News

Watchdog Group: Cyber Censorship a Growing Concern

People use the Internet at a cafe in Pakistan where officials want to implement content filters, March 7, 2012.
People use the Internet at a cafe in Pakistan where officials want to implement content filters, March 7, 2012.

About one-third of the world's population has access to the Internet. In cyber-speak, that means there are currently more than 2 billion netizens, or people active on the World Wide Web.

But not everyone enjoys the same degree of online access and freedom.

RWB's 2012 Enemies of the Internet

  • Bahrain
  • Belarus
  • Burma
  • China
  • Cuba
  • Iran
  • North Korea
  • Saudi Arabia
  • Syria
  • Turkmenistan
  • Uzbekistan
  • Vietnam

Delphine Halgand, Washington, D.C. director of Reporters Without Borders, says Internet censorship is an issue in more countries than ever before.

"Last year will be remembered as one of unprecedented violence against netizens," she says. "Five netizens were killed while engaging in reporting activities and nearly 200 arrests of bloggers and netizens were reported in 2011, which is a 30 percent increase on 2010."

According to its Internet freedoms report released Monday, the group says about 120 people are currently imprisoned because of online activities, and 12 countries as are identified as "enemies of the Internet." They are Bahrain, Belarus, Burma, China, Cuba, Iran, North Korea, Saudi Arabia, Syria, Turkmenistan, Uzbekistan and Vietnam.

"These countries are combining drastic content filtering with access restrictions, but they also track their cyber dissidents," she says. "I think that they will monitor what is happening online and use this surveillance information to arrest opponents who are expressing themselves online."

Another 14 countries make the 2011 Reporters Without Borders' watch list, nations, including several major democracies, that exhibit signs of Internet restrictions or repression.

Australia, for example, which has been on the watch list since 2009, presses Internet service providers to voluntarily block sites that show child pornography and sexual abuse, while officials in Canberra are discussing a mandatory filtering system.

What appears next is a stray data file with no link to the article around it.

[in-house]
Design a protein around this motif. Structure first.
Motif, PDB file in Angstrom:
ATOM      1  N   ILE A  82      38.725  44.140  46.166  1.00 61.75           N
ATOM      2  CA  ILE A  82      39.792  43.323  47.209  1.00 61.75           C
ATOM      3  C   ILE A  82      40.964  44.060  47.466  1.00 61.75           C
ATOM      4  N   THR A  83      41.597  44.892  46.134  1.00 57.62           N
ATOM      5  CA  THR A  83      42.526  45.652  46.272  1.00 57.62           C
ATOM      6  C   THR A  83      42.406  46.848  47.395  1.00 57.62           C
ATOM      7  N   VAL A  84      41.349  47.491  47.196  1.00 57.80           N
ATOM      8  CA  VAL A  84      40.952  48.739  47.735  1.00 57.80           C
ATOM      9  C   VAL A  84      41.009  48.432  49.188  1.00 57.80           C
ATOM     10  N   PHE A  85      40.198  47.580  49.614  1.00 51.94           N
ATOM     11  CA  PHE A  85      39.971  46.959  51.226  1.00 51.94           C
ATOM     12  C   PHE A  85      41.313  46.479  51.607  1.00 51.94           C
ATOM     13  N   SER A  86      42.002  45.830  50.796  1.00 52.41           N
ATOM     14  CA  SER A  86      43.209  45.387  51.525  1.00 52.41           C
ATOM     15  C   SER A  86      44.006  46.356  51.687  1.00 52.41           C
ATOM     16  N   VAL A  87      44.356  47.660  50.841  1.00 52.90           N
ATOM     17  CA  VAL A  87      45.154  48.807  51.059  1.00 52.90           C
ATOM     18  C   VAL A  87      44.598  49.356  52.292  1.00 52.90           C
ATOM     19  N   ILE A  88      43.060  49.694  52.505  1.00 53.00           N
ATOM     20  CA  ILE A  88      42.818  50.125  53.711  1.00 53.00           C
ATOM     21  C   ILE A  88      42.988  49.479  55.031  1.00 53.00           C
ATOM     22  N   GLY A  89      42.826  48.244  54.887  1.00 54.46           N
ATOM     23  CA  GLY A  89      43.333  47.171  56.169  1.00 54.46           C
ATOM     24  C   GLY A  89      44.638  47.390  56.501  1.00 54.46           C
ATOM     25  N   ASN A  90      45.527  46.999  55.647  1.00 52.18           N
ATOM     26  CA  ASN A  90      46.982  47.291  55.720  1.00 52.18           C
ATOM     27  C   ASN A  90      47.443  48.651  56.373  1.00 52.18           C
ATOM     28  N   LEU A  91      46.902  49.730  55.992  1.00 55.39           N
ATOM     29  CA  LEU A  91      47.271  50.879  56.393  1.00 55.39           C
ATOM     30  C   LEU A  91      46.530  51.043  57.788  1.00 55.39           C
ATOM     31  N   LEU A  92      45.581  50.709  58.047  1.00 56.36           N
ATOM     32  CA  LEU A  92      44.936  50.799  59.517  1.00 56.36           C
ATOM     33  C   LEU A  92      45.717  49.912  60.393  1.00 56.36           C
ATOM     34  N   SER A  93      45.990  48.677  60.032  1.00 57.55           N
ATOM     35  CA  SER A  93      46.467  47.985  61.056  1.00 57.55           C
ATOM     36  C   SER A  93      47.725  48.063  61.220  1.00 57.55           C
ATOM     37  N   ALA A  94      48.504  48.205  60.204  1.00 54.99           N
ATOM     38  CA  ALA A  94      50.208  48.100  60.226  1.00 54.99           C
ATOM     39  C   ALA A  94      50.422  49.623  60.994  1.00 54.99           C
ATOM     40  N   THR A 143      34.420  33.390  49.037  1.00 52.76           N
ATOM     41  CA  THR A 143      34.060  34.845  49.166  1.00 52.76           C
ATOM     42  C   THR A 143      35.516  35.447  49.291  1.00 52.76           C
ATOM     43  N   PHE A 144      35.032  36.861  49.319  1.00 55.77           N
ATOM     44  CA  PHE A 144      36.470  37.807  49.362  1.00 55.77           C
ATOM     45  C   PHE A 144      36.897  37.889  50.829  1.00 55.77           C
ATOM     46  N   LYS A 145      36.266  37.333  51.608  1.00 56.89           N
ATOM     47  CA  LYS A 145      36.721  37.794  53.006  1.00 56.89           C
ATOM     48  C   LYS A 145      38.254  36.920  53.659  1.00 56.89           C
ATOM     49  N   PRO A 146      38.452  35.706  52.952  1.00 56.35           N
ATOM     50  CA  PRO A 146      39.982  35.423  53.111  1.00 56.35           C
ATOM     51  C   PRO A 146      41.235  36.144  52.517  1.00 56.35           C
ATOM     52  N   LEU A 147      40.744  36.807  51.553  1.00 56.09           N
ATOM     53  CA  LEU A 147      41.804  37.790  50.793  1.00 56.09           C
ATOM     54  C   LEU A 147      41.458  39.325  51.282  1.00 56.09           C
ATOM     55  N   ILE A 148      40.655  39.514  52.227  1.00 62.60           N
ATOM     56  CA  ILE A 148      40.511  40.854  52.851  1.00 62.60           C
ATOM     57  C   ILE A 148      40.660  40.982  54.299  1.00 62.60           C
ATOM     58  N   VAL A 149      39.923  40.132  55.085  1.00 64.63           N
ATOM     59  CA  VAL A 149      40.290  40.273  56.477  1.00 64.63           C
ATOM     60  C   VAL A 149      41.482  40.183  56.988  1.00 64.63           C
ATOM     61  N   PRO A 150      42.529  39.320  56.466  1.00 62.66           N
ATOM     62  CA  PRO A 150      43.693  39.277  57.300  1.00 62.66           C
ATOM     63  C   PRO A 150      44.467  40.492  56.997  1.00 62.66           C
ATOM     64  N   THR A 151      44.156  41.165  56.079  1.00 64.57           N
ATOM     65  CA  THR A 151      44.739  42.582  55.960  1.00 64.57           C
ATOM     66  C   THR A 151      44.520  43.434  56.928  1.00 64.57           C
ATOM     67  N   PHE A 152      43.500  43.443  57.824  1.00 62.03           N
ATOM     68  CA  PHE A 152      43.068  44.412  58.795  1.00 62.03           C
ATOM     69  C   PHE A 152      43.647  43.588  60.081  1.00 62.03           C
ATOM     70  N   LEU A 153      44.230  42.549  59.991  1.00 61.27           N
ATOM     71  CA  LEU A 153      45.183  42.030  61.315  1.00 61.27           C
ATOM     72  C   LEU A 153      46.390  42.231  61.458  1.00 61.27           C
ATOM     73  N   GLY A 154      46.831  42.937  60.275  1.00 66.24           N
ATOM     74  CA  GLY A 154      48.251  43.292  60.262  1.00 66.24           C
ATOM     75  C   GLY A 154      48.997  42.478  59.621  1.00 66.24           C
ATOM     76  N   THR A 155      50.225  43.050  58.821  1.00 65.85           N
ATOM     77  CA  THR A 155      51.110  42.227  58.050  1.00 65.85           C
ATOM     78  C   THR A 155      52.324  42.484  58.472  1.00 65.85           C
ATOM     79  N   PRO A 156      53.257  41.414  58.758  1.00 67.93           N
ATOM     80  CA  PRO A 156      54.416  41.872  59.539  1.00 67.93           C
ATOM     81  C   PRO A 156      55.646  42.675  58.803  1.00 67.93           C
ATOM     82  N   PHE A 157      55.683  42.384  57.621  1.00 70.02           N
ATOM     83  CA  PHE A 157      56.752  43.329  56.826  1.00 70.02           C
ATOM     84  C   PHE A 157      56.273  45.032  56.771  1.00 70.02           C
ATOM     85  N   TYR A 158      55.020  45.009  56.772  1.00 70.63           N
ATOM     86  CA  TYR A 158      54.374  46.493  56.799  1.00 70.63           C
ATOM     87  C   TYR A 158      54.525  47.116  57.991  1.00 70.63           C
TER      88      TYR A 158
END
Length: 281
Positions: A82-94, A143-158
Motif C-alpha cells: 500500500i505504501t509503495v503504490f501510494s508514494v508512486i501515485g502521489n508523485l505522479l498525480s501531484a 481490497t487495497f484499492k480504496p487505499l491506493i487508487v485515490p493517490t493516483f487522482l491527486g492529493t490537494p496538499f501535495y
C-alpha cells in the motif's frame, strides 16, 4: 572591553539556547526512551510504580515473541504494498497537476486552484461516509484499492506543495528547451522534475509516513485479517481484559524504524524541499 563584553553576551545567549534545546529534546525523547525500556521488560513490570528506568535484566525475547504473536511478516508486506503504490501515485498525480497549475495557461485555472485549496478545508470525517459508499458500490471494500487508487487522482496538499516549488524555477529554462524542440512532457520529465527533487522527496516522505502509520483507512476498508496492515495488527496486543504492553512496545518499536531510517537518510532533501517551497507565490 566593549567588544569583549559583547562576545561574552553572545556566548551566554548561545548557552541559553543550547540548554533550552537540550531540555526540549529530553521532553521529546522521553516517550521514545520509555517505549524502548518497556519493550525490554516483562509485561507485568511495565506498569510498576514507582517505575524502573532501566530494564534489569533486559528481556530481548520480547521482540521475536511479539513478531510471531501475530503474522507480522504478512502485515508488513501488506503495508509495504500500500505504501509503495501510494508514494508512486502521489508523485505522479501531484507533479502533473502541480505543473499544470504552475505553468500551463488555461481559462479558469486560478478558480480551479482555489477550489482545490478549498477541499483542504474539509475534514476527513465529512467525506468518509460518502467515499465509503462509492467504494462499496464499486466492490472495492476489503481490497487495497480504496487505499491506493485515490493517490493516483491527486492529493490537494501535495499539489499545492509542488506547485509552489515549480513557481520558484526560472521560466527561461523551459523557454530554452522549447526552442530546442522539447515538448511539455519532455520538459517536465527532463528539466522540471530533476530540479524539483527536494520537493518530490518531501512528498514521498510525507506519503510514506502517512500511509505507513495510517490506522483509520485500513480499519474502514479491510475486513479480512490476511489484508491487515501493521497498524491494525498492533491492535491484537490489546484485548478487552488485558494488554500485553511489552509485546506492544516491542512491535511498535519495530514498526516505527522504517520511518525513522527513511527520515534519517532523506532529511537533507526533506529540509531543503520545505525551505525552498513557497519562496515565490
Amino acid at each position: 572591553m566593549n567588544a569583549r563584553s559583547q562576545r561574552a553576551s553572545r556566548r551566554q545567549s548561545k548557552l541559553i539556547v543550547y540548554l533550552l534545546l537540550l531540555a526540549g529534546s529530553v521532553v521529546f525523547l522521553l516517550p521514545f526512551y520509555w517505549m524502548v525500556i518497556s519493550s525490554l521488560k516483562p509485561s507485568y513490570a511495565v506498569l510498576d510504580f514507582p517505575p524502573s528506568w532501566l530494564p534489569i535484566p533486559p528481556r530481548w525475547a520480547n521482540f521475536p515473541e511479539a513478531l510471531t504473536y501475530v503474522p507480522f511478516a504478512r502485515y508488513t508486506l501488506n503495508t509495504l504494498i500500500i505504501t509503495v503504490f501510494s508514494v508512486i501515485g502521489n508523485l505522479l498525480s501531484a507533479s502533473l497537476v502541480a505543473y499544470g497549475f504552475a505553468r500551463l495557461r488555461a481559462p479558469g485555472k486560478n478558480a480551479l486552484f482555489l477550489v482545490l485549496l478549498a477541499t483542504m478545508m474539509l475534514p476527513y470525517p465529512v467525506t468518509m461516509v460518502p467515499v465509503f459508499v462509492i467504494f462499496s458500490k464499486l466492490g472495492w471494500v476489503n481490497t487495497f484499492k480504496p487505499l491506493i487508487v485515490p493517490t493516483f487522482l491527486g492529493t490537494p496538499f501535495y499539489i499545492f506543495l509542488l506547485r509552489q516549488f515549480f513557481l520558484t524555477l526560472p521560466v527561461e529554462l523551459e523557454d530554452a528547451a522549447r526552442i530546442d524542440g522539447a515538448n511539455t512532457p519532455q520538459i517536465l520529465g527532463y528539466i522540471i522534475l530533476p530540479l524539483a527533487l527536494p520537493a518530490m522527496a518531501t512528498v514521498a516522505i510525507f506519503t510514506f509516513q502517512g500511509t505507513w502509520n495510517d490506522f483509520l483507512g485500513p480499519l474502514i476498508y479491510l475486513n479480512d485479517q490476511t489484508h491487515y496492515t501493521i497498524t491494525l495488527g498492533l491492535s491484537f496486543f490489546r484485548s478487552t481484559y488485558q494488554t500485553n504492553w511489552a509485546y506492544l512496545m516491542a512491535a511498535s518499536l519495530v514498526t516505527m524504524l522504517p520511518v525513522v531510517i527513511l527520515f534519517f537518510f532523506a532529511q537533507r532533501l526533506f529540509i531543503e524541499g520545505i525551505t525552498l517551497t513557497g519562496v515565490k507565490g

An official government statement says "some content has no place in a civilized society," and in 2010, communications minister Stephen Conroy told parliament the filter would block only material already banned on television, at magazine stands, and in book and video stores.

Although the Internet is a new distribution platform, Conroy said, it should be held to the same standards Australians apply to other media platforms.

But Reporters Without Borders is concerned that Australian officials might filter Web content by using overly broad criteria in a non-transparent manner.

India, the world's most populous democracy, also made the watch list.

"We observed that Indian authorities have stepped up Internet surveillance and pressure on technical service providers, even if, at the same time, authorities publicly reject accusations of censorship," says Halgand.

According to Internet search engine giant Google, the Indian government submitted 67 requests to have 282 items of content removed in the second half of 2010, about 80 percent of which company officials refused to comply with on the grounds that items, many of which were YouTube videos criticizing Indian officials, didn't violate Google's content standards or local laws.

U.S. Secretary of State Hillary Clinton, who spoke passionately about Internet freedom at a conference last December in the Netherlands, has called securing peoples' rights in cyberspace an urgent task.

"As people increasingly turn to the Internet to conduct important aspects of their lives, we have to make sure that human rights are as respected online as offline," she said.

In the same speech, Clinton noted that the number of people on the Internet will more than double during the next 20 years, more than 1 billion of whom will be logging on from repressive countries.

Recently, the state-run Pakistani Telecommunications Authority published a request for proposals to companies worldwide for what it called the “deployment and operation of a national level URL Filtering and Blocking System”. That would establish in a similar fashion to China's Golden Shield, or "Great Firewall of China".

That proposal has drawn in attention of free speech groups, including the San Francisco based Committee to Protect Journalists. VOA’s Ira Mellman spoke with Danny O’Brien, CPJ’s Internet Advocacy Coordinator.

This forum has been closed.
Comment Sorting
Comments
     
by: Gennady
March 14, 2012 6:05 PM
Putin’s Russia should be under the concern too. After my VOA & BBC comments on the state of basic human rights in Putin’s Russia & how the Constitution is violated in order to make Mr Putin President for life they made DDoS attacks on my PC & lately completely switched me off from my prepaid access to the Internet without any explanation.

Featured Videos

Your JavaScript is turned off or you have an old version of Adobe's Flash Player. Get the latest Flash player.
Astronauts Train Underwater for Deep Space Missionsi
|| 0:00:00
...    
🔇
X
George Putic
July 30, 2015 8:59 PM
Manned deep space missions are still a long way off, but space agencies are already testing procedures, equipment and human stamina for operations in extreme environment conditions. Small groups of astronauts take turns in spending days in an underwater lab, off Florida’s southern coast, simulating future missions to some remote world. VOA’s George Putic reports.
Video

Video Astronauts Train Underwater for Deep Space Missions

Manned deep space missions are still a long way off, but space agencies are already testing procedures, equipment and human stamina for operations in extreme environment conditions. Small groups of astronauts take turns in spending days in an underwater lab, off Florida’s southern coast, simulating future missions to some remote world. VOA’s George Putic reports.